Frida Kahlo, Julia de Burgos & Mexican/ Puerto Rican solidarity
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July 6 1907- July 13, 1954
Julia de Burgos
Feb 17 1914- July 6, 1953
Soldaderas, named after the women soldiers of the Mexican Revolution, is a mural tribute to Mexican painter Frida Kahlo and Puerto Rican poet Julia de Burgos. It honors the common histories, common struggles and solidarity of Mexicans and Puerto Ricans. Inspired by Kahlo’s painting, “Las dos Fridas,” the two women sit holding hands, their flags merge sharing a central red stripe. Both were feminists, upheld revolutionary ideals and shared a profound love for their respective homelands. At a time in which their male counter parts did not delve into personal issues in their poetry and art, de Burgos and Kahlo unapologetically made the personal political.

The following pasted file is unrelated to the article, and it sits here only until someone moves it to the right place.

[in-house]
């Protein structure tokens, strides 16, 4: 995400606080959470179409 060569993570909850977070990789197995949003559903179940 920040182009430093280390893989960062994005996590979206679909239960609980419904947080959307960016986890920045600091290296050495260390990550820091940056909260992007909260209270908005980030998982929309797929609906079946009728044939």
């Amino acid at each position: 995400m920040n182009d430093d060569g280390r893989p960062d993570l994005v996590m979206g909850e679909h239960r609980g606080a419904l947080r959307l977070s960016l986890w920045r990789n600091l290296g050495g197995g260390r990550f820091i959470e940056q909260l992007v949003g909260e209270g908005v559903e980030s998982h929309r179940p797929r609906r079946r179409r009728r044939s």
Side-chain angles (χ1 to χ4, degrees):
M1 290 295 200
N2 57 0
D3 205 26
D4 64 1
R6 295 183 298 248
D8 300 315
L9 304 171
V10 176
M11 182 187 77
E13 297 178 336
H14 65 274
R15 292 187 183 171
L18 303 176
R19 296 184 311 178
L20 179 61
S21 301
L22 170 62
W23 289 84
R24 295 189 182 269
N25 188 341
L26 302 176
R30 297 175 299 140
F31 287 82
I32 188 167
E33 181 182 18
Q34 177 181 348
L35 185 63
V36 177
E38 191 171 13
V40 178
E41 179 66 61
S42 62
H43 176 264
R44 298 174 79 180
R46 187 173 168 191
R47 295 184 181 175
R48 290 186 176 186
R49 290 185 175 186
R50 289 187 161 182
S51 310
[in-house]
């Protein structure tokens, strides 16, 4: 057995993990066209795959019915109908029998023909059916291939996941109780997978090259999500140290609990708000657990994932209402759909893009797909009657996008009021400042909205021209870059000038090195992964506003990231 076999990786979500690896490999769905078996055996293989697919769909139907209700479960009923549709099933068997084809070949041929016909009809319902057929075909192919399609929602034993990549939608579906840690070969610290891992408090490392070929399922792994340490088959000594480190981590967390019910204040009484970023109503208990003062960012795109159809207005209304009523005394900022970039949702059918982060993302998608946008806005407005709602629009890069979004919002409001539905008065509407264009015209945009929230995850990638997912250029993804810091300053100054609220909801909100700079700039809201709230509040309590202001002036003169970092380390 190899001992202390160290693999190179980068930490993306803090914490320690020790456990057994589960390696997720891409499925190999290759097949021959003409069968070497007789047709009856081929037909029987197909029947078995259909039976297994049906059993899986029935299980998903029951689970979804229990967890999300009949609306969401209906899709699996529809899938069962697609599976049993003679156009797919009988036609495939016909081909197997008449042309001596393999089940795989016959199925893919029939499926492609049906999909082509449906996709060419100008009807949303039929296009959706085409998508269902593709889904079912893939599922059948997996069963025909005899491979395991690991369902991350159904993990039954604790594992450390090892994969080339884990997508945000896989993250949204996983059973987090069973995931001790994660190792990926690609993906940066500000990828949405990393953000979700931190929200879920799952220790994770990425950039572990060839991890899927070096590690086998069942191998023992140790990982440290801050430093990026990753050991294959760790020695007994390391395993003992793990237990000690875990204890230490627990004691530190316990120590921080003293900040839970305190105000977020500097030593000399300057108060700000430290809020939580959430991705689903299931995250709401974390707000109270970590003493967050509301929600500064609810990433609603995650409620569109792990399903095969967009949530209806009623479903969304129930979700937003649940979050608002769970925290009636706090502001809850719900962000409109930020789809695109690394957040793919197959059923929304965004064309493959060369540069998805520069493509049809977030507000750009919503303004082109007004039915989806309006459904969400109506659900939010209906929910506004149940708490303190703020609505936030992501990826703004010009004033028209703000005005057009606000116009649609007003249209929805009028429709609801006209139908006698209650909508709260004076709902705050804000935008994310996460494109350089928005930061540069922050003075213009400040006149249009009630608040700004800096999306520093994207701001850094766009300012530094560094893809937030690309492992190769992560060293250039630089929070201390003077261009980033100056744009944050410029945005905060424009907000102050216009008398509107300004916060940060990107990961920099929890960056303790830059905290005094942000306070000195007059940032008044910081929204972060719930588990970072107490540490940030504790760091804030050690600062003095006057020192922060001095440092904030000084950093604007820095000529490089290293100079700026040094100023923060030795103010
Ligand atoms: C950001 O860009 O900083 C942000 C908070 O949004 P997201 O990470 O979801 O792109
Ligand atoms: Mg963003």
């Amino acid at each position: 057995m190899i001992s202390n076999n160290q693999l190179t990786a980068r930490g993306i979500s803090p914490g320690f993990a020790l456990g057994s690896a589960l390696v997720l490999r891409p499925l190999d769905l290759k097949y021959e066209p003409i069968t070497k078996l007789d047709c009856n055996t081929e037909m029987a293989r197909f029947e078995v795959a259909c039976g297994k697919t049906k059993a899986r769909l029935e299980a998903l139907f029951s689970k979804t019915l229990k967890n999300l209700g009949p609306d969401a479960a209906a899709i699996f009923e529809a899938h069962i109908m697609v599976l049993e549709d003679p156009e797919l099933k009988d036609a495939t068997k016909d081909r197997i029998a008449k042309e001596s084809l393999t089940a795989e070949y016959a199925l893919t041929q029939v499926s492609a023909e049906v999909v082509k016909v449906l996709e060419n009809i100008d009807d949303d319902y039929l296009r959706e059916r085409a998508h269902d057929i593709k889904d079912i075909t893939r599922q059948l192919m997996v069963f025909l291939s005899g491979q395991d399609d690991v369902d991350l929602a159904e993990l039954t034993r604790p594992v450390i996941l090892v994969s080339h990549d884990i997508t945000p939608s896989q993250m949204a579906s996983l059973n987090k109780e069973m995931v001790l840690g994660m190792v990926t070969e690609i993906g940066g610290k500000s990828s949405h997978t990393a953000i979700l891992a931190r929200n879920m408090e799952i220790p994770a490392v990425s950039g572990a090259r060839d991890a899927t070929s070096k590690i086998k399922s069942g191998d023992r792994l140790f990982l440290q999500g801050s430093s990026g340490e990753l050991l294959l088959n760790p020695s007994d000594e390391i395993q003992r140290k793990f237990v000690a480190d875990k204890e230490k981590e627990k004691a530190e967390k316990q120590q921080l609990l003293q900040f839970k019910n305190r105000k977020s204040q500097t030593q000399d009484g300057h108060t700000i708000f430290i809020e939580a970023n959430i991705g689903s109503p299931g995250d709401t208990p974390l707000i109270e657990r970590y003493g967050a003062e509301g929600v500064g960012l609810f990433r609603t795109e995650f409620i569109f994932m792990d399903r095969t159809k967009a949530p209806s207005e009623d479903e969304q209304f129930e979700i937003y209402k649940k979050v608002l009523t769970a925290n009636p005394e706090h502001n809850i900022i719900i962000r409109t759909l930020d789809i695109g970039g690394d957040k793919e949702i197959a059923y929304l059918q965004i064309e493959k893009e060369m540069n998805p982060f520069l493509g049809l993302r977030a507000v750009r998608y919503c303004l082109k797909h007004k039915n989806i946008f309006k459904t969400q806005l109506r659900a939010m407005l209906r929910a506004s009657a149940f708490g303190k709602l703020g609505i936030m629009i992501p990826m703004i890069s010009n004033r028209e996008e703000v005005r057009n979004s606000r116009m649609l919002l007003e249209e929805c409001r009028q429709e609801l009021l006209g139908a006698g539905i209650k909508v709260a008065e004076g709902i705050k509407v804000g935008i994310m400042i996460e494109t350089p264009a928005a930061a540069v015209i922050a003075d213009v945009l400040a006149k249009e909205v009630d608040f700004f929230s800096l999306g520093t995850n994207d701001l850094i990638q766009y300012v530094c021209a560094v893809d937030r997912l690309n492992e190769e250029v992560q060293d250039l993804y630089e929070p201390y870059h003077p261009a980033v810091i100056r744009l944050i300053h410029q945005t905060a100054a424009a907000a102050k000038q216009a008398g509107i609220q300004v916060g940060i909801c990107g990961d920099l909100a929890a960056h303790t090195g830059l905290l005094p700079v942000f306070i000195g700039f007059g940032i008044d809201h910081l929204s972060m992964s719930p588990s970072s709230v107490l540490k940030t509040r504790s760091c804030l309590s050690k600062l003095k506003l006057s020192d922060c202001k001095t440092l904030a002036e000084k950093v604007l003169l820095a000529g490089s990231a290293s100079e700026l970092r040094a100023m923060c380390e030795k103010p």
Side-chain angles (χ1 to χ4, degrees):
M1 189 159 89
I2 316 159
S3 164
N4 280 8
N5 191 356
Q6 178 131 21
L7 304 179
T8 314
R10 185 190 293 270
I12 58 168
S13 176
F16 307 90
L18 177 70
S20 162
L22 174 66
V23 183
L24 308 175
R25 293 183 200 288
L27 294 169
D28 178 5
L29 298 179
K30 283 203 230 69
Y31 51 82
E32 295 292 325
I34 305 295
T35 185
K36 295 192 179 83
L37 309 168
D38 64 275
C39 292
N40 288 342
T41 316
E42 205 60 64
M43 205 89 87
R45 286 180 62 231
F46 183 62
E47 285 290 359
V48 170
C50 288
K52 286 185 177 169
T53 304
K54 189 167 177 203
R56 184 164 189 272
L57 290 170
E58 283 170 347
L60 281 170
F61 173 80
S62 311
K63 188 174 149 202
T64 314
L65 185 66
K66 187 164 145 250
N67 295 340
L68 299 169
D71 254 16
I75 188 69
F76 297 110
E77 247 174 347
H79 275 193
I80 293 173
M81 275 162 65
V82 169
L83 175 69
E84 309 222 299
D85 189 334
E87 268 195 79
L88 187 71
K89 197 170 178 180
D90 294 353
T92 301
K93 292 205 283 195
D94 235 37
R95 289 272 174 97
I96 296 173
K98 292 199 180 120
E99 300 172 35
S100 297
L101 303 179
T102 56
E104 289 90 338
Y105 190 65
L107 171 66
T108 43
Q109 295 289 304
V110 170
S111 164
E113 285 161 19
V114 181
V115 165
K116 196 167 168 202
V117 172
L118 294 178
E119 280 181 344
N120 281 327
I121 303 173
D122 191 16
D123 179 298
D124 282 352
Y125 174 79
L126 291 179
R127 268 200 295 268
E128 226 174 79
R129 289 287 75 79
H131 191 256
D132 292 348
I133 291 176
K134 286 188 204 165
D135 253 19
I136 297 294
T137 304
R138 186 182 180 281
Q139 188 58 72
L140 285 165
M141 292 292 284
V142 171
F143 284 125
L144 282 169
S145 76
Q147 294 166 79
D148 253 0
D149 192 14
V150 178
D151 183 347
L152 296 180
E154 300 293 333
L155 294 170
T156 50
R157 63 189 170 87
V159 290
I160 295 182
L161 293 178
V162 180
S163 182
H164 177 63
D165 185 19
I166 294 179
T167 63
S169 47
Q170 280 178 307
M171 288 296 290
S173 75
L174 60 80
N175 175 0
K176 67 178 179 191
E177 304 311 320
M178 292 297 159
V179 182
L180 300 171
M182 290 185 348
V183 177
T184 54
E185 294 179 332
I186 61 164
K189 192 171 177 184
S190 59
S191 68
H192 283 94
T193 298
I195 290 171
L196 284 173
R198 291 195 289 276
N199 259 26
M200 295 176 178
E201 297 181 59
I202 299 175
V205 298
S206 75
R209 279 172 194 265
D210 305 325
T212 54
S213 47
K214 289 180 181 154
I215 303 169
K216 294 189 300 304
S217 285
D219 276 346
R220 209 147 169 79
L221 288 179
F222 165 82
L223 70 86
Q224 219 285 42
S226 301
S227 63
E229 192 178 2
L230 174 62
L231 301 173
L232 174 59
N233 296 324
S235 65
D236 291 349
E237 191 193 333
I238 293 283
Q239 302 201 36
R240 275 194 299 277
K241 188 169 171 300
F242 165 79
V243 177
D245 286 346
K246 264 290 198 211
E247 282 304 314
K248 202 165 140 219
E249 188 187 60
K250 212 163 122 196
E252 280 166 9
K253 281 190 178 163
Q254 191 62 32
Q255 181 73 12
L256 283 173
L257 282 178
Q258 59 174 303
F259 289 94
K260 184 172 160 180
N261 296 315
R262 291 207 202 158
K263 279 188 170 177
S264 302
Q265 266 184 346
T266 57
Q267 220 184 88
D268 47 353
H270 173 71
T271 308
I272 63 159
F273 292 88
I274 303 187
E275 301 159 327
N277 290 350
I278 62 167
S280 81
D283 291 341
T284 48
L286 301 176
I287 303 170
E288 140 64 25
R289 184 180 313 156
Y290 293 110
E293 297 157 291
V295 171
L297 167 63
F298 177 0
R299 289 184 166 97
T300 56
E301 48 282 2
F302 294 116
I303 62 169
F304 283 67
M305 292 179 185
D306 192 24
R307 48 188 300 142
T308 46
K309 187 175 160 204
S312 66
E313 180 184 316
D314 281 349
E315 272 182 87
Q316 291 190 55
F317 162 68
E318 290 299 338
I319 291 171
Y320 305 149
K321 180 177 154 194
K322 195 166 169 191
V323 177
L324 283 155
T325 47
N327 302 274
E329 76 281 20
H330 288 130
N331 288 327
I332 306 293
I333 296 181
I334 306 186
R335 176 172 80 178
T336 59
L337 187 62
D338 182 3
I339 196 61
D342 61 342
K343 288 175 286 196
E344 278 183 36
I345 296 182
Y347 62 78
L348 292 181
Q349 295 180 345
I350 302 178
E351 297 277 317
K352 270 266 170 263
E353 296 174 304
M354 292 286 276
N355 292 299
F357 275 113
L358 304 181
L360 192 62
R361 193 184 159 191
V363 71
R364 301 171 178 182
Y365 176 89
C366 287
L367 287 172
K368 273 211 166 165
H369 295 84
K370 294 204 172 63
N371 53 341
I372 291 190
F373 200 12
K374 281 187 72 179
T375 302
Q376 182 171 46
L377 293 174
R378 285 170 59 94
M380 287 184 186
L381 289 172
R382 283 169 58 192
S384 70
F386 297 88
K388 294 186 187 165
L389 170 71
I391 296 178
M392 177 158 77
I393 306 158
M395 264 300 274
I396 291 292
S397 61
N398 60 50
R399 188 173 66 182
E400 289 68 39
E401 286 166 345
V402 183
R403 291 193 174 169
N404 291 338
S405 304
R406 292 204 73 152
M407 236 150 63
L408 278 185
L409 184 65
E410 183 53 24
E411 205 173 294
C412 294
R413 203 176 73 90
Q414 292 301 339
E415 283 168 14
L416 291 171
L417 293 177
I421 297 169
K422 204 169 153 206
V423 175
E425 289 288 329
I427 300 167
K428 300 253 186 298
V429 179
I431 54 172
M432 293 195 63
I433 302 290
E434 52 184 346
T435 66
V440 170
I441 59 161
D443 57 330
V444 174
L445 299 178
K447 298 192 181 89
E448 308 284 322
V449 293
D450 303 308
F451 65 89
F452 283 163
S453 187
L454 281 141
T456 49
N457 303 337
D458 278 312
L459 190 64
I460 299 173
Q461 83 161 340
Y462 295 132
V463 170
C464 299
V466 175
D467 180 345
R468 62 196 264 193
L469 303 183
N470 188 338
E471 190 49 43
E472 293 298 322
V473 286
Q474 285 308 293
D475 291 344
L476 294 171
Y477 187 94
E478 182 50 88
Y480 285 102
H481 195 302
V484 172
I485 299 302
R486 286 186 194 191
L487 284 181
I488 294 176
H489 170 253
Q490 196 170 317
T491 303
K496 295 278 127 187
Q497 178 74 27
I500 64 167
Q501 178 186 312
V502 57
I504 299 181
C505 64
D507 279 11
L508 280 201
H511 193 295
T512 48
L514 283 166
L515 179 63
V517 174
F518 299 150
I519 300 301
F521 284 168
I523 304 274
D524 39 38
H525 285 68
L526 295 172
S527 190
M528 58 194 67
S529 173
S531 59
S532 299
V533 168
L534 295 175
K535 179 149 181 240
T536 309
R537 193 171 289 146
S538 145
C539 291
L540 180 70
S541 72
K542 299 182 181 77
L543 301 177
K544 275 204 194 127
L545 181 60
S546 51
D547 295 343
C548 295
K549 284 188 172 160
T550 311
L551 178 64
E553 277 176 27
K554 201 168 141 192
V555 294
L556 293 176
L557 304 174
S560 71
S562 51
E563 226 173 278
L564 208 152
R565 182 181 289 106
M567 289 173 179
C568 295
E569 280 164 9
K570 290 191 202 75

Soldaderas is also inspired by the neighboring Puerto Rican and Mexican communities who have made El Barrio/ East Harlem their home. The mural unveiled in El Barrio at the Modesto Flores Community Garden on Lexington Avenue between 104th and 105th Streets on July 6, 2011. I chose that date because in a poetic twist, Julia de Burgos died on July 6th, 1953, Frida Kahlo's birthday. The mural unveiling brought together members of the Puerto Rican and Mexican communities, opening with a Mexica blessing by Kalpulli Huehuetlahtolli and combining poets, performers and speakers from each of these cultures. A candlelight vigil began with the godmother of Nuyorican Poetry, Sandra Maria Esteves, reading the famed Rio Grande de Loiza, on the bridge over the water in garden. After the program in the garden, a procession was led by pleneros, stopping at several significant sites along 106th Street/ Julia de Burgos Boulevard, where poets recited selected de Burgos poems. The procession ended with another candlelight vigil on 5th Avenue, near the site where she collapsed before have passed. There we read Dadme mi Numero y Poema Para mi Muerte.